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Social media has a serious disinformation problem. But it can be fixed

Ruchi Gupta writes: There are more thoughtful ways to structure social media platforms, which would help connect and root people in their own communities instead of isolating them locally while ‘connecting’ them virtually

Social media cannot be wished away. But its structure and manner of use are choices we must make as a polity after deliberation instead of accepting as them fait accompli or simply being overtaken by developments along the way.

Social media platforms have effectively supplanted traditional information networks in India. The dialectical relationship between online content, traditional media and political networks means that the messages propagated online effectively touch even those who are not yet online.

This ubiquity could have been a golden moment for India — democratising access to information, fostering community, increasing citizen participation and reducing the distance between ordinary people and decision-makers. However, social media platforms have adopted design choices that have led to a proliferation and mainstreaming of misinformation while allowing themselves to be weaponised by powerful vested interests for political and commercial benefit. The consequent free flow of disinformation, hate and targeted intimidation has led to real-world harm and degradation of democracy in India: Mainstreamed anti-minority hate, polarised communities and sowed confusion have made it difficult to establish a shared foundation of truth.

Organised misinformation (disinformation) has a political and/or commercial agenda. However, even though there is growing recognition of the political motivations and impact of disinformation, the discourse in India has remained apolitical and episodic — focused on individual pieces of content and events, and generalised outrage against big tech instead of locating it in the larger political context or structural design issues. The evolution of the global discourse on misinformation too has allowed itself to get mired in the details of content standards, enforcement, fact checking, takedowns, deplatforming, etc — a framework which lends itself to bitter partisan contest over individual pieces of content while allowing platforms to disingenuously conflate the discourse on moderating misinformation with safeguards for freedom of expression. However, these issues are adjunct to the real issue of disinformation and our upcoming report establishes that the current system of content moderation is more a public relations exercise for platforms than being geared to stop the spread of disinformation.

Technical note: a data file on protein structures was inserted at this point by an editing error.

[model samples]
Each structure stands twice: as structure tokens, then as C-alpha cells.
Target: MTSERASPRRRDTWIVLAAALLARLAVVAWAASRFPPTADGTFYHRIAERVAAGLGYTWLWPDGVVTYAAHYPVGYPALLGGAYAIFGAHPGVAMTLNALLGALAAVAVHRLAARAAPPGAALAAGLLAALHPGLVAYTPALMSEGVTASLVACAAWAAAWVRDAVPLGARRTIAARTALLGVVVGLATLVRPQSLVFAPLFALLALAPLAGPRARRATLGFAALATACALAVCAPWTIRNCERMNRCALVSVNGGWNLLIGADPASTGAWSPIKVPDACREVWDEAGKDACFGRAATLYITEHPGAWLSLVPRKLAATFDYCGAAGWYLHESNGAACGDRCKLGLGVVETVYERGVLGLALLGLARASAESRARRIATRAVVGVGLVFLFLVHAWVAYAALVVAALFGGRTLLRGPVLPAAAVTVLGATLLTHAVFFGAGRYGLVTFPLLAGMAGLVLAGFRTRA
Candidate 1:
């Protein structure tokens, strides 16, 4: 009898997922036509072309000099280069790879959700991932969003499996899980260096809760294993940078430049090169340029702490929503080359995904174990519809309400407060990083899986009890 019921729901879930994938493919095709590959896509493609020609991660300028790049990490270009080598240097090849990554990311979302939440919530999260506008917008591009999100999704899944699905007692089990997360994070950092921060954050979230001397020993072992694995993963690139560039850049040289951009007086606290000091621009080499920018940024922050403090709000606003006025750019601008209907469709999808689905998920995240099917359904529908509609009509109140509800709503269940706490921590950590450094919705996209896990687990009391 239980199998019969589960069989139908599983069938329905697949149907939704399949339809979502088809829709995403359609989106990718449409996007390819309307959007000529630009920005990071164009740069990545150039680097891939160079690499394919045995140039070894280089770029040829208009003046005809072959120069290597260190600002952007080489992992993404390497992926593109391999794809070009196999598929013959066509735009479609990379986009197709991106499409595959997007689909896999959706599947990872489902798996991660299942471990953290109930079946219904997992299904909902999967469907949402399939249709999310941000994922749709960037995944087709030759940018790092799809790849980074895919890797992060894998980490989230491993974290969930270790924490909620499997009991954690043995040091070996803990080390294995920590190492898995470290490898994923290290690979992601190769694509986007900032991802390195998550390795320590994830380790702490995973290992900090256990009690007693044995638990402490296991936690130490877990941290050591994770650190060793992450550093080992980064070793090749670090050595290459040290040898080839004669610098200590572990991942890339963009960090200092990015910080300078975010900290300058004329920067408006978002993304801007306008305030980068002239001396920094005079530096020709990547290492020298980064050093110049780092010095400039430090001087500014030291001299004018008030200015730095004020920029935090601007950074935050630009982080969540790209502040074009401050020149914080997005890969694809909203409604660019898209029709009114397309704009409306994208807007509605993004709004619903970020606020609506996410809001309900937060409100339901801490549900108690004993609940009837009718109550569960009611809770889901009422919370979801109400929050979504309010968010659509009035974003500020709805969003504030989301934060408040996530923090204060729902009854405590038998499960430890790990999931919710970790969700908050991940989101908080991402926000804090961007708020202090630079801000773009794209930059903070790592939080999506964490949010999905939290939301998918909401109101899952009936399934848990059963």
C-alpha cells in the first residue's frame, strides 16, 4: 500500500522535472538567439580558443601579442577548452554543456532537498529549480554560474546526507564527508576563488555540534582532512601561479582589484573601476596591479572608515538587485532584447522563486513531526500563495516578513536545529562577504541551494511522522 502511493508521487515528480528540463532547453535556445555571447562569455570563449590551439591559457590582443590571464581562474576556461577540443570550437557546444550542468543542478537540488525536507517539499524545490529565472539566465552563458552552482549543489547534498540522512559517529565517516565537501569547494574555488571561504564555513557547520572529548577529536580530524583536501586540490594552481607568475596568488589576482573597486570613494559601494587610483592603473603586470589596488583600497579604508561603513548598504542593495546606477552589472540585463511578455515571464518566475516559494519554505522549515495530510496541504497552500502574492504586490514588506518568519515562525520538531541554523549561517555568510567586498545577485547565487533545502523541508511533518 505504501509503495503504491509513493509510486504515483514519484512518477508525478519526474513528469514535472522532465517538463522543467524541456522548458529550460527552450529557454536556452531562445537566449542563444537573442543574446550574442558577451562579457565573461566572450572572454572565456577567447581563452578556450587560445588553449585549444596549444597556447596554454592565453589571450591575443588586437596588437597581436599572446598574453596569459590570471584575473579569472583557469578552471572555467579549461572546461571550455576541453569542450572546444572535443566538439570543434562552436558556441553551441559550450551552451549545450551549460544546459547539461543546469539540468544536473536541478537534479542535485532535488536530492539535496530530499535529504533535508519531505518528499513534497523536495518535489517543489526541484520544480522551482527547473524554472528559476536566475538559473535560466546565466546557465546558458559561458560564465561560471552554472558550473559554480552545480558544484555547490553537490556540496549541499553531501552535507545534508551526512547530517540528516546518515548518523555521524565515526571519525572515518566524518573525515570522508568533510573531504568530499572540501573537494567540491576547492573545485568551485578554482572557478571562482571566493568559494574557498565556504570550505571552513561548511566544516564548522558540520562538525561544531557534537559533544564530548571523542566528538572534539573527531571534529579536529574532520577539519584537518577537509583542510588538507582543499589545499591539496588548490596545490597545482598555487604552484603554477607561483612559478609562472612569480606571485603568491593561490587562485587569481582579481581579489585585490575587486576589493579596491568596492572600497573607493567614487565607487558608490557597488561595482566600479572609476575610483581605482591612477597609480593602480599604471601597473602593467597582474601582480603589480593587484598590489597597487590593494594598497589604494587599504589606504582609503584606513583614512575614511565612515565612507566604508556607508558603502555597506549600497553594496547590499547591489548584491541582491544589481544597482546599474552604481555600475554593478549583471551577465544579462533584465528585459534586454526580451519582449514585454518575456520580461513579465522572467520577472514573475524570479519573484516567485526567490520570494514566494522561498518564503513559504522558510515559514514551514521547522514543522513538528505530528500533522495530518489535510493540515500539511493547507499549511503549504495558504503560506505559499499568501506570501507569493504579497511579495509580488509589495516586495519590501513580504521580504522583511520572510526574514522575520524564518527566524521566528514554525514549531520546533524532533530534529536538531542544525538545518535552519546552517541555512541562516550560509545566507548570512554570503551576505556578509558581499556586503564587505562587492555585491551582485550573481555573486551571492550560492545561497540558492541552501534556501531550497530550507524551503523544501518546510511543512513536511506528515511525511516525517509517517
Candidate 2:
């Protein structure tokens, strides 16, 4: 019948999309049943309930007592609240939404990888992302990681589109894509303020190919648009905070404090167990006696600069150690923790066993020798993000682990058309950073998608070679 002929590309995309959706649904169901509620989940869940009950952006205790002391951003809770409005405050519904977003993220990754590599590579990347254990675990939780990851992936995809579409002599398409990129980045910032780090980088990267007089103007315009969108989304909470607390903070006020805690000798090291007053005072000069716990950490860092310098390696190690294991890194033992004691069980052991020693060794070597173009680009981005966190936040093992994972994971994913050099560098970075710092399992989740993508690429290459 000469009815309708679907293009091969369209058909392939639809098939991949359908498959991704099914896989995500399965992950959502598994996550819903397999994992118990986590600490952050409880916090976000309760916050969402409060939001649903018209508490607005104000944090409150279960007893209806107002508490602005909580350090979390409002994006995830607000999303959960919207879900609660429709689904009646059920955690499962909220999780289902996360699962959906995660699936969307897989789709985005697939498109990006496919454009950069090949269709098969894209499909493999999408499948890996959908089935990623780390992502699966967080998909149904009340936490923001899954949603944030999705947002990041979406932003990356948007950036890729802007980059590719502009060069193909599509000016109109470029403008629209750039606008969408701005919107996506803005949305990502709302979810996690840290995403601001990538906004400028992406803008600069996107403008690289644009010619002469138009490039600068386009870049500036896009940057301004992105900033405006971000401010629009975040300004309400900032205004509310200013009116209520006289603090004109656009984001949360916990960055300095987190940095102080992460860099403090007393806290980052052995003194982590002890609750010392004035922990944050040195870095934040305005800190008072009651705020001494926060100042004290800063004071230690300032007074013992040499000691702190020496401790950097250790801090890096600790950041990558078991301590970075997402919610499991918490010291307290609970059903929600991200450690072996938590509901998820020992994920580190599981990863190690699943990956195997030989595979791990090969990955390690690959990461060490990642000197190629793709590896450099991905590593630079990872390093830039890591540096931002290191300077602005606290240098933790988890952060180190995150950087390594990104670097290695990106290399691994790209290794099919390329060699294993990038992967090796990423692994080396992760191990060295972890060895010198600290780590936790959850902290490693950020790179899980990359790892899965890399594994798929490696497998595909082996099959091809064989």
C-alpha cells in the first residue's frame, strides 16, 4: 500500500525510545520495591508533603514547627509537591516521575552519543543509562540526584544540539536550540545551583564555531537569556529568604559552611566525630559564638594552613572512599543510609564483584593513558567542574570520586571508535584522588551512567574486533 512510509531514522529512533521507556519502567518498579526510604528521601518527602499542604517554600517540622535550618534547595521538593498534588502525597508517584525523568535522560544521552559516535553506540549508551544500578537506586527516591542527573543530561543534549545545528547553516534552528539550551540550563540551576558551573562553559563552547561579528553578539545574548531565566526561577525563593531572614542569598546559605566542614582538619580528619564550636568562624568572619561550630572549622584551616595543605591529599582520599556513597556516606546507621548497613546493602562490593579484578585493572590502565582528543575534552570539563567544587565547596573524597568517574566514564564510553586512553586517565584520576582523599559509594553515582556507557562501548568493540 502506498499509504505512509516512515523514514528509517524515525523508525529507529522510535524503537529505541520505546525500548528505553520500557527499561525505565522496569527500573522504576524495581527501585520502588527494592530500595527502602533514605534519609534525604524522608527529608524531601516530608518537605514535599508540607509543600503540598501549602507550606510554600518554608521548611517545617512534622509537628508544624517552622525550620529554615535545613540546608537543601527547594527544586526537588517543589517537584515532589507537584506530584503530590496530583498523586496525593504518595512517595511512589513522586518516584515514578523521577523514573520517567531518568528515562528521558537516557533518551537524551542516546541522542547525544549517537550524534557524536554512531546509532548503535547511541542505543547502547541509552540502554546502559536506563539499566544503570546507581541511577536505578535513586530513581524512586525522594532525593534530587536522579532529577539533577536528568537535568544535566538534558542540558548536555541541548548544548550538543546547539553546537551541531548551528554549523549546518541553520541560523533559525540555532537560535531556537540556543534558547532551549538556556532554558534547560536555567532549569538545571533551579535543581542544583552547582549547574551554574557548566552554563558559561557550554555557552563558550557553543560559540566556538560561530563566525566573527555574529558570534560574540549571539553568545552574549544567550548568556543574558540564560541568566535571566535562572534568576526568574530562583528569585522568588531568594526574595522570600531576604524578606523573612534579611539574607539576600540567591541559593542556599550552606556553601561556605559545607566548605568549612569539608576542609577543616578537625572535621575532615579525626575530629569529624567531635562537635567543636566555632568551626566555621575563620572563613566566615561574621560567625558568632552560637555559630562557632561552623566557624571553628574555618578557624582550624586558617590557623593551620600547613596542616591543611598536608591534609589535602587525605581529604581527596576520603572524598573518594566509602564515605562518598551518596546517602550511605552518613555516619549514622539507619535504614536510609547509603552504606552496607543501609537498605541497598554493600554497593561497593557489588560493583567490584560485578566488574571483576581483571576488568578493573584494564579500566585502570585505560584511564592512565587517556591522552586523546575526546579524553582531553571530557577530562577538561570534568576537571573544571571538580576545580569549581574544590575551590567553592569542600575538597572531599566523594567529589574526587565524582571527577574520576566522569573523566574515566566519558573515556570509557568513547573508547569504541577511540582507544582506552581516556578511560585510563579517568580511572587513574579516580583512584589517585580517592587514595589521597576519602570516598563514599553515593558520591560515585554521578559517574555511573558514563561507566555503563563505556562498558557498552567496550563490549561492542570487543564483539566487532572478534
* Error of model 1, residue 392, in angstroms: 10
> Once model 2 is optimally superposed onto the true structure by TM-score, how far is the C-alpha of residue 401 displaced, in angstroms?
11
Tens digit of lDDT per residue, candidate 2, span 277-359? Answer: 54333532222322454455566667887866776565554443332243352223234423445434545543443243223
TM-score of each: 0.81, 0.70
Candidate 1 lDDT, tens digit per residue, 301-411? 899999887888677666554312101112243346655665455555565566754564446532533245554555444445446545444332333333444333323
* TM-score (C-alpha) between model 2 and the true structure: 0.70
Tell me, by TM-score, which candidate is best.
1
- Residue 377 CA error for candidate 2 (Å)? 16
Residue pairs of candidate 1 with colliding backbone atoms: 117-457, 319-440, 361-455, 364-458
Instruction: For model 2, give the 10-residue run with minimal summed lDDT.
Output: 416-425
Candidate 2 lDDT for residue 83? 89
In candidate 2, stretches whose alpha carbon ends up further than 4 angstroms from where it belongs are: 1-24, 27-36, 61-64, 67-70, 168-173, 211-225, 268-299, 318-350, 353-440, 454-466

A meaningful framework to combat disinformation at scale must be built on the understanding that it is a political problem: The issue is as much about bad actors as individual pieces of content. Content distribution and moderation are interventions in the political process. There is thus a need for a comprehensive transparency law to enforce relevant disclosures by social media platforms. Moreover, content moderation and allied functions such as standard setting, fact-checking and de-platforming must be embedded in the sovereign bipartisan political process if they are to have democratic legitimacy. If this is not to degrade into legal sanction for government censorship, any regulatory body must be grounded in democratic principles — its own and of platforms.